30 June 2017

USA: Exercise Talisman Saber 17 Commences in Australia

Adm. Harry B. Harris Jr (Image: Wiki Commons)
By Terri Moon Cronk 
DoD News, Defense Media Activity

WASHINGTON, June 29, 2017 — Talisman Saber is a realistic and challenging exercise that provides opportunities for the United States and Australia to innovatively prepare for regional and global security challenges, Navy Adm. Harry B. Harris Jr., commander of U.S. Pacific Command, said today.

Speaking at the opening ceremony aboard the U.S. Navy amphibious assault ship USS Bonhomme Richard at sea off the coast of eastern Australia, the admiral said Pacom is partnering in the biennial exercise with Australian allies for high-end warfighting scenarios for the seventh time. About 33,000 American and Australian service members are taking part.

“Exercises like Talisman Saber are precisely where we really learn how to take advantage of cutting-edge technology to outpace our adversaries,” Harris said. “It’s also a perfect place for our forces to operationalize a very important concept.”

The Pacom commander said he has challenged the Army, Navy, Air Force and Marine Corps to execute multi-domain battle, “to find new ways to enable our joint and multinational combined forces to be faster, more precise, more cost-effective, and most importantly, more lethal.

‘Endless Possibilities’

“When I look at the Bonhomme Richard, I see endless possibilities for the future,” Harris said. “After all, you could say that amphibious ships are the original multi-domain battle platforms operating from the air, from the sea and from the land. So I need this blue-green team to lead the way during this exercise.”

Exercise Talisman Saber 2017 is the Bonhomme Richard Expeditionary Strike Group’s final certification, and it will also support efforts to operationalize the “up-gunned expeditionary strike group” concept, he said.

The month-long exercise will bring together the capabilities of an amphibious-ready group and a Marine expeditionary unit with F-35B Lightning II joint strike fighter aircraft, naval cruiser-destroyers and other enablers for the amphibious force to operate with more distributed lethality in a high-threat environment, Harris said. Such a force presents greater challenges to potential adversaries and more options to joint and combined component commanders, he added.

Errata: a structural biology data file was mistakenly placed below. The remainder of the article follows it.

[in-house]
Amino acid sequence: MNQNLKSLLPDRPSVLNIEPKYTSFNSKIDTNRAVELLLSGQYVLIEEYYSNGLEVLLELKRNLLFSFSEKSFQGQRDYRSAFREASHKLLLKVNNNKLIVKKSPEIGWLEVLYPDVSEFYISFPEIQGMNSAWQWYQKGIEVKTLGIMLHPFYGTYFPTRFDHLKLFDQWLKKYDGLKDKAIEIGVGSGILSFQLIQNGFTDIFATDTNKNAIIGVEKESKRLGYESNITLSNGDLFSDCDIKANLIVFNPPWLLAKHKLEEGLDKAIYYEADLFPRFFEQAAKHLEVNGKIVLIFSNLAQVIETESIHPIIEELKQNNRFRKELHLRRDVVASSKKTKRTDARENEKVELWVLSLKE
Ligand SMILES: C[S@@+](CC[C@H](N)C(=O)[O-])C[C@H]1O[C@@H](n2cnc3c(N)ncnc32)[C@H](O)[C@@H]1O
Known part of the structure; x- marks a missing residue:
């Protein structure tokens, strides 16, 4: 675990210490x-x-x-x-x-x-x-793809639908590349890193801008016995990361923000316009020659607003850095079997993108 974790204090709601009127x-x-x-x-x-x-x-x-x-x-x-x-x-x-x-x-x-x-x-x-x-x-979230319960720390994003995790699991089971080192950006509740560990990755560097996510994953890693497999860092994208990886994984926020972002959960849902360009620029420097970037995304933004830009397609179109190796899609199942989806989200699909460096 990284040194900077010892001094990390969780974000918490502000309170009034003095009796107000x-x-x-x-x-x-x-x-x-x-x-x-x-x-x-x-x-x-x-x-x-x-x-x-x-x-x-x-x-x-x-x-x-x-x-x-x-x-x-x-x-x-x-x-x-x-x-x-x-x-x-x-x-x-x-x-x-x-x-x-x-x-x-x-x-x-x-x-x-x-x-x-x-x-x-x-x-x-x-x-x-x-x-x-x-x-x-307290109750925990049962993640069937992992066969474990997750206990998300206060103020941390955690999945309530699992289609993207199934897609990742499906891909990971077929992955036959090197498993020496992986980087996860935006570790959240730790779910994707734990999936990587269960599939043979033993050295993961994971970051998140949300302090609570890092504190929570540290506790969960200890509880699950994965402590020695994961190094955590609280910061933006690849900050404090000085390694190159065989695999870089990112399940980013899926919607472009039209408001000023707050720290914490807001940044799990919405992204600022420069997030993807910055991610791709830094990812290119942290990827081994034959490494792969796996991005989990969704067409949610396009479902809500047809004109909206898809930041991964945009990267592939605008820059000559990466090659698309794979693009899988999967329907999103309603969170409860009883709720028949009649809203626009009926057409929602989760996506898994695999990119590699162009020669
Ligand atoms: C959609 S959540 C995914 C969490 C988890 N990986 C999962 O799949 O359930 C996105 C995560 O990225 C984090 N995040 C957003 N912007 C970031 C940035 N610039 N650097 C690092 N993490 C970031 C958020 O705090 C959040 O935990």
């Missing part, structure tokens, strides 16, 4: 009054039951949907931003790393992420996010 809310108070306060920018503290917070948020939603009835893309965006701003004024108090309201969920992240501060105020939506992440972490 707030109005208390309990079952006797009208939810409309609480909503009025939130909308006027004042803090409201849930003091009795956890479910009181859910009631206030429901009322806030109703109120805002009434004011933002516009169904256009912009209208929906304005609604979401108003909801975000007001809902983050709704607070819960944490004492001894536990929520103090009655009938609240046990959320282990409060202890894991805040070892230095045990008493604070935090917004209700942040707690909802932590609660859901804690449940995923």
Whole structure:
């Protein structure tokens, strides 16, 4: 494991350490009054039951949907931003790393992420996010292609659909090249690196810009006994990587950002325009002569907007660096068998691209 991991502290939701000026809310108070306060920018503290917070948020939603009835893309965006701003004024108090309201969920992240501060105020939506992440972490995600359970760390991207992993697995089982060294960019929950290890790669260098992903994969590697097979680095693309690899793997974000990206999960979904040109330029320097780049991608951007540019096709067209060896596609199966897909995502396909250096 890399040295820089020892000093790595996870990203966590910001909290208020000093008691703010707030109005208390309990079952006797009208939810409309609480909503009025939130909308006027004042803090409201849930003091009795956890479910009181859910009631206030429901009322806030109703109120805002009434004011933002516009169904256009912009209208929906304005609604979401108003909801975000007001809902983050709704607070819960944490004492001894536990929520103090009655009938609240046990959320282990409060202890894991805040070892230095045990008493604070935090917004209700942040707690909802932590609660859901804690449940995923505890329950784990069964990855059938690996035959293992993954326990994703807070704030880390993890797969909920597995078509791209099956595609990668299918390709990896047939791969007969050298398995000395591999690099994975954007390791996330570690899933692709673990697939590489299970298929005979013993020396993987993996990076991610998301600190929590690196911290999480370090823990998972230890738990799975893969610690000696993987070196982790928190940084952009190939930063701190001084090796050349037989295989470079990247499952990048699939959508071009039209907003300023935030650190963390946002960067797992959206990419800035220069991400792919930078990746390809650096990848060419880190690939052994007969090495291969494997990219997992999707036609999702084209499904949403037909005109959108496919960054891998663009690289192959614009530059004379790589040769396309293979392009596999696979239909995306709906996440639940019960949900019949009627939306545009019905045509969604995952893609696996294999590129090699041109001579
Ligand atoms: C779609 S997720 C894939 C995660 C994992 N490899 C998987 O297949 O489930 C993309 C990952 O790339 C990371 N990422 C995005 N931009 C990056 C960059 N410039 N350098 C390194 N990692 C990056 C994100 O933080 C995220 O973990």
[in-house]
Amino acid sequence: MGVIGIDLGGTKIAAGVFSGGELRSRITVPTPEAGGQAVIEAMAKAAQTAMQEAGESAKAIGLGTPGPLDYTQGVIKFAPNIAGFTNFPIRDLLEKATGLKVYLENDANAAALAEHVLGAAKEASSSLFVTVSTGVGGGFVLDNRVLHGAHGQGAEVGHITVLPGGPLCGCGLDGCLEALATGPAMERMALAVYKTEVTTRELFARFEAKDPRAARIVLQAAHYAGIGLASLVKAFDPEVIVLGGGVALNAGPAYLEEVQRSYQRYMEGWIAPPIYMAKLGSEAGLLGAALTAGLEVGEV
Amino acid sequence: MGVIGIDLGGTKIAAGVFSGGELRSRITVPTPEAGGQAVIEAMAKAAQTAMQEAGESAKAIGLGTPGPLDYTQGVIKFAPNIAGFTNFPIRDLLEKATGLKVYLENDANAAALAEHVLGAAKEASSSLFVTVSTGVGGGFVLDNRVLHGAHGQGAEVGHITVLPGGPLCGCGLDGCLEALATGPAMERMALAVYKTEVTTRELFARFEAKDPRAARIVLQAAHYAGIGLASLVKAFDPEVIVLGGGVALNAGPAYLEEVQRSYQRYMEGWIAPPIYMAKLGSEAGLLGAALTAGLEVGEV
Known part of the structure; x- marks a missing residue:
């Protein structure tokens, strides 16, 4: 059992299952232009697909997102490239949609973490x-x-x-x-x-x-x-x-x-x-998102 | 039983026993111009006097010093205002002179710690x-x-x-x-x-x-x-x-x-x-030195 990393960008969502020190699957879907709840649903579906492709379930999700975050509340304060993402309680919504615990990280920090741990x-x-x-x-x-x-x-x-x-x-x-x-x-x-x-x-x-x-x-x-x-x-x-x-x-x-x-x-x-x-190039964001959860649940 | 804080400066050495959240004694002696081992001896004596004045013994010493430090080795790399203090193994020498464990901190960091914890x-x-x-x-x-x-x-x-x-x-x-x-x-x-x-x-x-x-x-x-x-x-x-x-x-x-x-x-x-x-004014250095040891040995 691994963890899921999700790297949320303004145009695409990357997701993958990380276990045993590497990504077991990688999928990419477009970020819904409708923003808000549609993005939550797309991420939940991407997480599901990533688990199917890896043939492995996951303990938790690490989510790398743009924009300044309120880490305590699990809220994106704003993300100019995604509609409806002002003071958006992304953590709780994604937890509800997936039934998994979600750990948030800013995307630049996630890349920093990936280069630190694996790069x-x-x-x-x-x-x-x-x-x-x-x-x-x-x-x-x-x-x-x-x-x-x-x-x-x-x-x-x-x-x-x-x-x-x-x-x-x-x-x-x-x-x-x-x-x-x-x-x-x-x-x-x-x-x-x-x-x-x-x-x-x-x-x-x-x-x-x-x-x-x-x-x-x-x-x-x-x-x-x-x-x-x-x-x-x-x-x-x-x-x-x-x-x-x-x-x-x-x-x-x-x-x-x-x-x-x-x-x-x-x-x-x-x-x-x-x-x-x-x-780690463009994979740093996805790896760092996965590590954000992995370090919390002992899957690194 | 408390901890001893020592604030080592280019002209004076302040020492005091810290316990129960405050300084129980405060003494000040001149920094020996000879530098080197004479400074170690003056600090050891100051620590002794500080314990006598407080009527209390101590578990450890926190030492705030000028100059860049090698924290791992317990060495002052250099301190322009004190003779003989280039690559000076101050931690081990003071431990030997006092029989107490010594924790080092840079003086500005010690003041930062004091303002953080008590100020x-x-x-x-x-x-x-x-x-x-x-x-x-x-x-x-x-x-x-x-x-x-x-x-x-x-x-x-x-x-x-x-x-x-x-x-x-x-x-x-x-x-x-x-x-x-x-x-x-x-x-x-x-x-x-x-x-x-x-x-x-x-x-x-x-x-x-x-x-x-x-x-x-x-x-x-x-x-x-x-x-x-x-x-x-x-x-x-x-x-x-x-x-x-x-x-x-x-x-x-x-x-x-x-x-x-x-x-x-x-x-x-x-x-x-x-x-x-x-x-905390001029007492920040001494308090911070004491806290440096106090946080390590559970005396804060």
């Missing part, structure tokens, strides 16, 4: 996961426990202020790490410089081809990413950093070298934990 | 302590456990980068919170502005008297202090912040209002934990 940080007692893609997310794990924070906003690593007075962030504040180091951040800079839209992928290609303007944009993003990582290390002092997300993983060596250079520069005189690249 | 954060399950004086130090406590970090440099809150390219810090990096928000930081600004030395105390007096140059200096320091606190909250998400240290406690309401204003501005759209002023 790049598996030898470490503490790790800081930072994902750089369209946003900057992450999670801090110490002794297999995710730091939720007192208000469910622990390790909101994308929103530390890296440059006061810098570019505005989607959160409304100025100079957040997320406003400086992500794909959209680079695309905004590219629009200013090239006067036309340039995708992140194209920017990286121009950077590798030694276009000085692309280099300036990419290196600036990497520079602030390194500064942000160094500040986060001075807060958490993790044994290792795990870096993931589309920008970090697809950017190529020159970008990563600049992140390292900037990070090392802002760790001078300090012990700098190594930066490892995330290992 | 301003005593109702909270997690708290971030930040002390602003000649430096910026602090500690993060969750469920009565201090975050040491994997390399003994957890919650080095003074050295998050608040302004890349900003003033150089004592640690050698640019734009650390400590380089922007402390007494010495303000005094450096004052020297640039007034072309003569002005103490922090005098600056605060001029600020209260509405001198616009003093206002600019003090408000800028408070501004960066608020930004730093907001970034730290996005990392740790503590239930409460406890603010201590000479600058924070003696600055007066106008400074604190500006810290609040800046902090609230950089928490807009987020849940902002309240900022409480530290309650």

“I recognize this will be challenging, but as a combatant commander, I need you to create effects from any single domain to targets in every domain in order to fight tonight and win,” the admiral told exercise participants.

“If we have to fight tonight, I don't want it to be a fair fight,” Harris said. “If it’s a knife fight, I want to bring a gun. If it’s a gunfight, I want to bring in the MEU and the artillery of our friends, partners and allies … especially, like Australia.”

U.S.-Australia Alliance

Asking service members to remember the importance of the U.S.-Australia alliance, the admiral reminded them the alliance was forged in battle a century ago.

“We fought and died together in World Wars I and II. We fought communism in the hot wars in Korea and Vietnam and the Cold War throughout the latter half of the 20th century,” he said. “We fought together in the Gulf War. For the last decade-plus, we’ve fought side-by-side in the long wars in Afghanistan and Iraq. And today, Australia is a global leader in the fight against [the Islamic State of Iraq and Syria].”

The bond between the two nations is as important to their futures as it has been to their storied pasts, Harris said. “This alliance has strengthened peace and prosperity not only in the Indo-Asia-Pacific, but across the globe,” he added.

Train hard, safely and jointly, with a willingness to learn from each other, Harris told exercise participants.

“Strive to become a more interoperable, high-end fighting force,” he said. “Learn from your mistakes and take our training to the next level. Forge relationships that you can call on during crises, because we’re in this together.”

Harris added, “The Australia-U.S. alliance matters more today than ever before. It matters to our two great nations. It matters to the Indo-Asia-Pacific. And, it matters to (the) world. No one should doubt the staying power of this alliance to maintain security, prosperity and peace in this vital region.”